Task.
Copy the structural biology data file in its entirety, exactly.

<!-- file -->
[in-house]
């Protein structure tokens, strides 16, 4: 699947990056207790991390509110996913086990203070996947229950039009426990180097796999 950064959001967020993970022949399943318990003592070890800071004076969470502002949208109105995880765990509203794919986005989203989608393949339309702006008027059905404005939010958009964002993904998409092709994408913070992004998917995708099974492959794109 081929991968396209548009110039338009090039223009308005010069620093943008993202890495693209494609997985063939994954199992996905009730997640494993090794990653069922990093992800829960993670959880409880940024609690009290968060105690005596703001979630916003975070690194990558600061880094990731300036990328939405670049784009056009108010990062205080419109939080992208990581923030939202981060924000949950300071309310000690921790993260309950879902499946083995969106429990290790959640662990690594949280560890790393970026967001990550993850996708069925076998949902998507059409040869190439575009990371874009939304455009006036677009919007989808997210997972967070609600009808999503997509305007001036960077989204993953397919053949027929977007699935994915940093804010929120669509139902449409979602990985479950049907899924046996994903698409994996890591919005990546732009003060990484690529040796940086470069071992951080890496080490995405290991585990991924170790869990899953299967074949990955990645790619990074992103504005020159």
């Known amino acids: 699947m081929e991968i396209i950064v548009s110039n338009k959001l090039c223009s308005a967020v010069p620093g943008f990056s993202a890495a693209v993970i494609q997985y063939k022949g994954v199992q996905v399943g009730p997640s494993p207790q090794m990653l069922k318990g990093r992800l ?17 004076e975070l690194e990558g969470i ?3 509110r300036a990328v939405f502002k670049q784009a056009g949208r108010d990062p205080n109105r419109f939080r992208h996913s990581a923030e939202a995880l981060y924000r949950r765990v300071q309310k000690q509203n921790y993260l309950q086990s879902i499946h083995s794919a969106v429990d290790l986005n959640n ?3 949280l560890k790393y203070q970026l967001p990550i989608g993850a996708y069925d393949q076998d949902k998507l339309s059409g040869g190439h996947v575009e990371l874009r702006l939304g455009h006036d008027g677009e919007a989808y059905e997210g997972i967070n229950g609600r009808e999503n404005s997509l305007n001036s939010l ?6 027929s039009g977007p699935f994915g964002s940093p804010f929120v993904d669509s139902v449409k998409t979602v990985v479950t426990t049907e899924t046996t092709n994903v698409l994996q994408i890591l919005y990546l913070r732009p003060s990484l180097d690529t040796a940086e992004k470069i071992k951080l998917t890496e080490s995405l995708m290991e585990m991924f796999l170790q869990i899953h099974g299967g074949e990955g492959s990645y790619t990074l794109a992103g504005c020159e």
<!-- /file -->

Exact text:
[in-house]
């Protein structure tokens, strides 16, 4: 699947990056207790991390509110996913086990203070996947229950039009426990180097796999 950064959001967020993970022949399943318990003592070890800071004076969470502002949208109105995880765990509203794919986005989203989608393949339309702006008027059905404005939010958009964002993904998409092709994408913070992004998917995708099974492959794109 081929991968396209548009110039338009090039223009308005010069620093943008993202890495693209494609997985063939994954199992996905009730997640494993090794990653069922990093992800829960993670959880409880940024609690009290968060105690005596703001979630916003975070690194990558600061880094990731300036990328939405670049784009056009108010990062205080419109939080992208990581923030939202981060924000949950300071309310000690921790993260309950879902499946083995969106429990290790959640662990690594949280560890790393970026967001990550993850996708069925076998949902998507059409040869190439575009990371874009939304455009006036677009919007989808997210997972967070609600009808999503997509305007001036960077989204993953397919053949027929977007699935994915940093804010929120669509139902449409979602990985479950049907899924046996994903698409994996890591919005990546732009003060990484690529040796940086470069071992951080890496080490995405290991585990991924170790869990899953299967074949990955990645790619990074992103504005020159």
């Known amino acids: 699947m081929e991968i396209i950064v548009s110039n338009k959001l090039c223009s308005a967020v010069p620093g943008f990056s993202a890495a693209v993970i494609q997985y063939k022949g994954v199992q996905v399943g009730p997640s494993p207790q090794m990653l069922k318990g990093r992800l ?17 004076e975070l690194e990558g969470i ?3 509110r300036a990328v939405f502002k670049q784009a056009g949208r108010d990062p205080n109105r419109f939080r992208h996913s990581a923030e939202a995880l981060y924000r949950r765990v300071q309310k000690q509203n921790y993260l309950q086990s879902i499946h083995s794919a969106v429990d290790l986005n959640n ?3 949280l560890k790393y203070q970026l967001p990550i989608g993850a996708y069925d393949q076998d949902k998507l339309s059409g040869g190439h996947v575009e990371l874009r702006l939304g455009h006036d008027g677009e919007a989808y059905e997210g997972i967070n229950g609600r009808e999503n404005s997509l305007n001036s939010l ?6 027929s039009g977007p699935f994915g964002s940093p804010f929120v993904d669509s139902v449409k998409t979602v990985v479950t426990t049907e899924t046996t092709n994903v698409l994996q994408i890591l919005y990546l913070r732009p003060s990484l180097d690529t040796a940086e992004k470069i071992k951080l998917t890496e080490s995405l995708m290991e585990m991924f796999l170790q869990i899953h099974g299967g074949e990955g492959s990645y790619t990074l794109a992103g504005c020159e």